Brooks, Privy Key of Heaven, 176.
 Brooks, Privy Key of Heaven, 277.
 Brooks, Privy Key of Heaven, 295.
 Brooks, Privy Key of Heaven, 176.
 Brooks, Privy Key of Heaven, 274.
First Baptist has been closed for many weeks in accordance with the government's guidelines regarding the COVID-19 quarantine. The file below is a letter from our senior minister and the chairs of our trustees and deacons boards. PLEASE NOTE: This plan is subject to change, and the website will be updated to keep you informed.
By Pastor Dan Clemens
It was June 8, 1968.
“He was 36, and he had lost two brothers to assassins: first President John F. Kennedy, then presidential candidate Robert F. Kennedy. Inside St Patrick’s Cathedral in New York, before 2,100 people wearing black, the last surviving Kennedy brother, Sen. Edward M. Kennedy, began his unannounced eulogy for Bobby.”
“It had been three days since Bobby Kennedy was shot at the Ambassador Hotel in Los Angeles, just moments after celebrating his win in the California Democratic presidential primary. The nation was in shock, still reeling from the assassination of civil rights leader Martin Luther King, Jr., two months earlier and the riots that followed. RFK’s presidential bid had inspired hope that turned to despair.
“At the end of the eulogy, Ted Kennedy’s voice quavered over the words with which he left the crowd.
“My brother need not be idealized, or enlarged in death beyond what he was in life; to be remembered simply as a good and decent man, who saw wrong and tried to right it, saw suffering and tried to heal it, saw war and tried to stop it,” he said. “Those of us who loved him and who take him to his rest today, pray that what he was to us and what he wished for others will some day come to pass for all the world. As he said many times, in many parts of this nation, to those he touched and who sought to touch him.
“He paused, regaining his composure to quote Bobby a final time: “Some men see things as they are and say why. I dream things that never were and say why not.” Source
1968: The culture of our country was torn and divided. The First Baptist Church of Hamilton was making plans to build a new building on top of “Mount Baptist”. They wanted to be a “light on the hill” to reach people for Christ. Hopes and dreams were ripe and faithful people, our spiritual forbearers, pushed into uncharted waters as they faced a new decade with faith and courage.
Here we are 52 years later. Poised to grasp a new decade of ministry, 2020, we are looking into a misty future in a nation who is tried of malice and hatred. What is to come? Is there hope for a better tomorrow? Dare we “dream things that never were and say why not”? I think we must. First Baptist Hamilton must look to our Savior Jesus Christ and see a decade and beyond of ministry and mission which is pointing the way to hope, peace, love, faith and an eternal relationship to God our Father.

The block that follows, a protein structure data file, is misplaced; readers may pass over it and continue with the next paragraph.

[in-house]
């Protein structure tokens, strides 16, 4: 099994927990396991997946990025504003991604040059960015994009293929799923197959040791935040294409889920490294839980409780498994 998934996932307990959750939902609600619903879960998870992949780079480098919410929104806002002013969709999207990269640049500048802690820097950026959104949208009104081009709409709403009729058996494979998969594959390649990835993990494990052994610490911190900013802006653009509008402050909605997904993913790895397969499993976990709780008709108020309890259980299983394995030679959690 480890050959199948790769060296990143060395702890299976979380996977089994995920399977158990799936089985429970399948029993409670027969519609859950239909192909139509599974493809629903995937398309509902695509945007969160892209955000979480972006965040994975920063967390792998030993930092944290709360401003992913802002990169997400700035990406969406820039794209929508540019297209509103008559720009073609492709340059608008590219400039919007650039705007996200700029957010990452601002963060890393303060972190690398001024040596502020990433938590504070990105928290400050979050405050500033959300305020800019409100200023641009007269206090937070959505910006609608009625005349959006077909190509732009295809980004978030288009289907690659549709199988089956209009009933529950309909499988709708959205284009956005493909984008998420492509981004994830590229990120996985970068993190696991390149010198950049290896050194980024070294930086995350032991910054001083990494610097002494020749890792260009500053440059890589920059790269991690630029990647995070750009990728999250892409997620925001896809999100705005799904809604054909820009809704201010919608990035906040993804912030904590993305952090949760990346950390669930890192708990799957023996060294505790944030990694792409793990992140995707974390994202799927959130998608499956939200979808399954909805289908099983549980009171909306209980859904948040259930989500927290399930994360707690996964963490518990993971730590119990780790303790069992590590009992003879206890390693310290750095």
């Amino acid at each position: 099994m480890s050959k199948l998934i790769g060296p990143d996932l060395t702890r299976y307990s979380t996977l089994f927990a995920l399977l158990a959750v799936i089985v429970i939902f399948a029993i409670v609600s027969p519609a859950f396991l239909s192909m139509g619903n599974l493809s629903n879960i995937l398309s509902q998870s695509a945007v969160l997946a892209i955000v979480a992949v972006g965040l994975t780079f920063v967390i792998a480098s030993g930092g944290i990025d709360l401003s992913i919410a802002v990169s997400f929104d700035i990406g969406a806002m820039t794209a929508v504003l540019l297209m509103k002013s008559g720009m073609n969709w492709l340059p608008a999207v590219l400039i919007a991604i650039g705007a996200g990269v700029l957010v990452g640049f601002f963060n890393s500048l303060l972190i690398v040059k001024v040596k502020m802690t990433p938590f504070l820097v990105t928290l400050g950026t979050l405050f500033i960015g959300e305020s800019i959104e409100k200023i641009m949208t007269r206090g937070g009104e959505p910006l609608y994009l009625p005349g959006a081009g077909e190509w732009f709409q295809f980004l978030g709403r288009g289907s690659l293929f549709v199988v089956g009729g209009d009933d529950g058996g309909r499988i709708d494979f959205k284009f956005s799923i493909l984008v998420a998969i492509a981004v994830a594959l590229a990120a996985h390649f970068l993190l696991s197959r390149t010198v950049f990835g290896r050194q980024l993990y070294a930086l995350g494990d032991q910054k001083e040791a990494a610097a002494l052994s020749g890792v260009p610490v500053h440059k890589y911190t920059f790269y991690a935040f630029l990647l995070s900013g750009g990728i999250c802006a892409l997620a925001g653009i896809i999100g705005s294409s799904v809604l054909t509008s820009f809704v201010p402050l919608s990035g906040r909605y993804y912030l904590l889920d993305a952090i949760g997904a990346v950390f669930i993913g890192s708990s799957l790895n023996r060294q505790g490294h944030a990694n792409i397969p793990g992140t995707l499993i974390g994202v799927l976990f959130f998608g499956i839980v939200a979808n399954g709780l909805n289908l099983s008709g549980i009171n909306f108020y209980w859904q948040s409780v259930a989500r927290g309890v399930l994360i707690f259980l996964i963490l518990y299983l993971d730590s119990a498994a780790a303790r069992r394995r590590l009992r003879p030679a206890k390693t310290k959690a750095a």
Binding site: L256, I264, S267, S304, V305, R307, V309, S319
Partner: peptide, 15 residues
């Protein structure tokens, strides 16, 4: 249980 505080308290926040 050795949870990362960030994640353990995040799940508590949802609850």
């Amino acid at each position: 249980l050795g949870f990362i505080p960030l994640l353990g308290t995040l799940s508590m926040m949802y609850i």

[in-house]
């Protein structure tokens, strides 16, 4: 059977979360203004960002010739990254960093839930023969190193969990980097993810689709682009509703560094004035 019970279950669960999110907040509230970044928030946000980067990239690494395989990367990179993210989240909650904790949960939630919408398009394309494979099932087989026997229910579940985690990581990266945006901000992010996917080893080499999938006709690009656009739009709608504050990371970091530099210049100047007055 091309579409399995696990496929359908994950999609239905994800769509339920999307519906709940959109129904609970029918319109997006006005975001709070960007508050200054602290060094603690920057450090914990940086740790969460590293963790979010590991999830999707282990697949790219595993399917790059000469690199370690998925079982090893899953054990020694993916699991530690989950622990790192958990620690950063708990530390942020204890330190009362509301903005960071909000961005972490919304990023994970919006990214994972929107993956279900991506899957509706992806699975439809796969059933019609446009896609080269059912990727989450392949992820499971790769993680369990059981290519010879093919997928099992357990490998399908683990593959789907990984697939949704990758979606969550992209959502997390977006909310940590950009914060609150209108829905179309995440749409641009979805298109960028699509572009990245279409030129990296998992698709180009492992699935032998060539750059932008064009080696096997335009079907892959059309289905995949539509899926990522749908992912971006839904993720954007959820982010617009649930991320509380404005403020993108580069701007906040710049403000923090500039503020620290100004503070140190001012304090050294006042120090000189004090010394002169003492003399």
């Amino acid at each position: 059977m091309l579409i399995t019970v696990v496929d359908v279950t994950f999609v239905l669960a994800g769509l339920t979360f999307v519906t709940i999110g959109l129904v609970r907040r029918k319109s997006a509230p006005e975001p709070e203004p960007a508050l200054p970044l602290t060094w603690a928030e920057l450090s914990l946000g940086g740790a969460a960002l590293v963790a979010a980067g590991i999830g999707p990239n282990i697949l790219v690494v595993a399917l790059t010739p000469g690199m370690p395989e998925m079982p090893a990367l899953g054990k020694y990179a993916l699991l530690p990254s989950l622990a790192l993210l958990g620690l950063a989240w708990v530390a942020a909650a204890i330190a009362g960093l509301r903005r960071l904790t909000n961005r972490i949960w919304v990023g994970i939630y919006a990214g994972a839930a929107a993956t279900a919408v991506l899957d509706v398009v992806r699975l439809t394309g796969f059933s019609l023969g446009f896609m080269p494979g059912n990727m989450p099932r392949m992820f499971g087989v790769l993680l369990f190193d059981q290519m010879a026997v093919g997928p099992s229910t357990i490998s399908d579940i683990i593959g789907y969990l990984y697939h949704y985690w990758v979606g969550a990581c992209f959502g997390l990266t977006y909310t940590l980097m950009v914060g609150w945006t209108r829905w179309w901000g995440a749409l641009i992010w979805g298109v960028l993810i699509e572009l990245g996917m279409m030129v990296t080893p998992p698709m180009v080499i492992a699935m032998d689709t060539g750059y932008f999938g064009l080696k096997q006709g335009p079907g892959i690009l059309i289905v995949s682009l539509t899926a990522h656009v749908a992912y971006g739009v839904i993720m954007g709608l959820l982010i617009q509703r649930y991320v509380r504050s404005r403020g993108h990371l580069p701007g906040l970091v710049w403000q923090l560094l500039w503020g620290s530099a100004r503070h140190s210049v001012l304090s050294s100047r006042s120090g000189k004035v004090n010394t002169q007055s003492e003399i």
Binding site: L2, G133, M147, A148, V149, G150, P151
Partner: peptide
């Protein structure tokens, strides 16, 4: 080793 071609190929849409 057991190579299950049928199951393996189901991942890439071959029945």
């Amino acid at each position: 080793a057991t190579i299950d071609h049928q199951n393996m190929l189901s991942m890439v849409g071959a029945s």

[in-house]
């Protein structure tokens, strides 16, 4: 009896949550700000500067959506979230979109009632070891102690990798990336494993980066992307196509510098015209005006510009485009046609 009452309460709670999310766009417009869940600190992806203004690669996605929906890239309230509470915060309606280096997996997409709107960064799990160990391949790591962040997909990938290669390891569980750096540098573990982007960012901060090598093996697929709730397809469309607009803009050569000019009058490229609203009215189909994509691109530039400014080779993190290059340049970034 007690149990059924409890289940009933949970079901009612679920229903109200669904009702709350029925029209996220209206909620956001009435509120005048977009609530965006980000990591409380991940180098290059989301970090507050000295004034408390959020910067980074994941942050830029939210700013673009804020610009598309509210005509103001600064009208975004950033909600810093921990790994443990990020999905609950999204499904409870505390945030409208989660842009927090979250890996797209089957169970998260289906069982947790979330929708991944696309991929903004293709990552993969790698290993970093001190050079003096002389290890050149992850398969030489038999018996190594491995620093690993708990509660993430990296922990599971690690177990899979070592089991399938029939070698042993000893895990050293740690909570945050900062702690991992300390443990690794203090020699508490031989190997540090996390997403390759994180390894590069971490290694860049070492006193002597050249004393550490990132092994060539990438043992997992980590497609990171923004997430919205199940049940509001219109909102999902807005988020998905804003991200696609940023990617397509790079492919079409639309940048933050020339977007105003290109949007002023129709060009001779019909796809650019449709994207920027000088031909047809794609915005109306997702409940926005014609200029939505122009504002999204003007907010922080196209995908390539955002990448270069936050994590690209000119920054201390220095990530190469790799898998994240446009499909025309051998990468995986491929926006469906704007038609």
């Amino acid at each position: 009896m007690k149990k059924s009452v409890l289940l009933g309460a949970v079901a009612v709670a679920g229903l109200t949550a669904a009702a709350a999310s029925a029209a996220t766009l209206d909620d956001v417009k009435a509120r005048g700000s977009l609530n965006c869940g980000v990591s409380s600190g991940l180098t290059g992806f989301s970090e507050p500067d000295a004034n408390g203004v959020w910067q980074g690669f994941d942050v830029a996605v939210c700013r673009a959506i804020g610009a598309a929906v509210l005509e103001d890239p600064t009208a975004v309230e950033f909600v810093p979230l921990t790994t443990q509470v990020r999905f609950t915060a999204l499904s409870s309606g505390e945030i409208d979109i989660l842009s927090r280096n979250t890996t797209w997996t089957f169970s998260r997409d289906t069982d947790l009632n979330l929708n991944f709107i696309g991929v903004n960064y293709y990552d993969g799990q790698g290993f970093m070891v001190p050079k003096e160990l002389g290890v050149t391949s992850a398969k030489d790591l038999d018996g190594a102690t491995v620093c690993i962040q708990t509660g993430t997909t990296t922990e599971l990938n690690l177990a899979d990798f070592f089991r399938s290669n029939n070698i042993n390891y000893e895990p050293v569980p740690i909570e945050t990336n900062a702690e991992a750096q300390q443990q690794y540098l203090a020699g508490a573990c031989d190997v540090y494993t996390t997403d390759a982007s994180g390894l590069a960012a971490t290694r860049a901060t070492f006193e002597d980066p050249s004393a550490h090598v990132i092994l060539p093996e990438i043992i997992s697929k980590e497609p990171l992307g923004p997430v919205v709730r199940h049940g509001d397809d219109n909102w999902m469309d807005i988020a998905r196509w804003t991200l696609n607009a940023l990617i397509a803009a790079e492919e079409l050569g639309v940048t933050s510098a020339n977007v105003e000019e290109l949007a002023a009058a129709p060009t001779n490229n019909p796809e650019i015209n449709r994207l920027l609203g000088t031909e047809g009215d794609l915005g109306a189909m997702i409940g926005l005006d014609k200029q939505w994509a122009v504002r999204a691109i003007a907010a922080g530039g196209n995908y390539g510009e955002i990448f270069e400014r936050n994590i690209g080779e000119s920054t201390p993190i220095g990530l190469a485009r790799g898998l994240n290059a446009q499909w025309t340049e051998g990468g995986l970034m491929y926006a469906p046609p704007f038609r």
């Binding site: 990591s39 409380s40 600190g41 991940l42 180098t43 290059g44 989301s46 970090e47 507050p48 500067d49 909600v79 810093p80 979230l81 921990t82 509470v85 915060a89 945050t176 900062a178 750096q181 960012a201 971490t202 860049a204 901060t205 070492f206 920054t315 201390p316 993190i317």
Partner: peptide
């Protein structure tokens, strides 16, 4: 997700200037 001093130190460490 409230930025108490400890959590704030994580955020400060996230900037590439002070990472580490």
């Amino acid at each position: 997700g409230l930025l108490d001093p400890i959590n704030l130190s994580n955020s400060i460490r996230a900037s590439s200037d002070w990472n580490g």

Look at our heritage as a congregation.
“The Hamilton-Rossville Baptist Church was organized in 1829…” We are connected to those 191 years ago as the first Baptist witness in this Miami valley. “In 1841 the church officially organized as the First Baptist Church of Hamilton, Ohio. Little did that small band of believers, gathered in the home of Dr. Loami Rigdon, dream what great things God had in store for First Baptist Church. For through her doors would enter children, youth, and adults who would, in time, confess Christ as Savior, follow Him in the waters of baptism, and under the teaching and preaching of faithful ministers, prepare themselves for daily living. And out of her doors would come pastors, teachers, missionaries, directors of Christian Education, and dedicated laymen, who would go forth and witness to Christ’s saving grace and keeping power.” (Source: firstbaptisthamilton.org/history.html)
We are the heirs of the challenge to “go forth and witness to Christ’s saving grace and keeping power.” What shall 2020 hold? What can we know? What do we hope for and dream of?
I pray to have 2020 Vision as we look into this new year, and ahead to this critical decade, with eyes fixed on Christ. “Therefore, since we are surrounded by so great a cloud of witnesses, let us also lay aside every weight, and sin which clings so closely, and let us run with endurance the race that is set before us, looking to Jesus, the founder and perfecter of our faith, who for the joy that was set before him endured the cross, despising the shame, and is seated at the right hand of the throne of God.” (Hebrews 12:1-2)
1 Corinthians 13:12-13 cautions us regarding vision, “For now we see in a mirror dimly, but then face to face. Now I know in part; then I shall know fully, even as I have been fully known. 13 So now faith, hope, and love abide, these three; but the greatest of these is love.”
In 2020 we must emphasis outreach as we seek to share the gospel and invite children, youth, men and women of all ages to know Jesus Christ as Savior and Lord of their lives.
We must make it our reason to exist to serve others and not ourselves. How will you reach out to those you know who need hope, love, and Jesus? Relationship, prayer, a verbal witness and invitation are the keys to reaching people for Christ. We will provide opportunities for you to share and invite people to, but let me be clear, outreach is about sharing the love of Jesus not just about having events and programs. We will develop new and reinforce existing groups to both draw people and give people community. New community groups, Alpha, Griefshare, Financial Peace University, Married People, MOPS/MOMS, Fight Club (men’s discipleship), First Students Ministry, First Kids Ministry, sports teams, and other groups will be continuing/beginning in 2020. We will serve in ministry and mission to reach our community and world.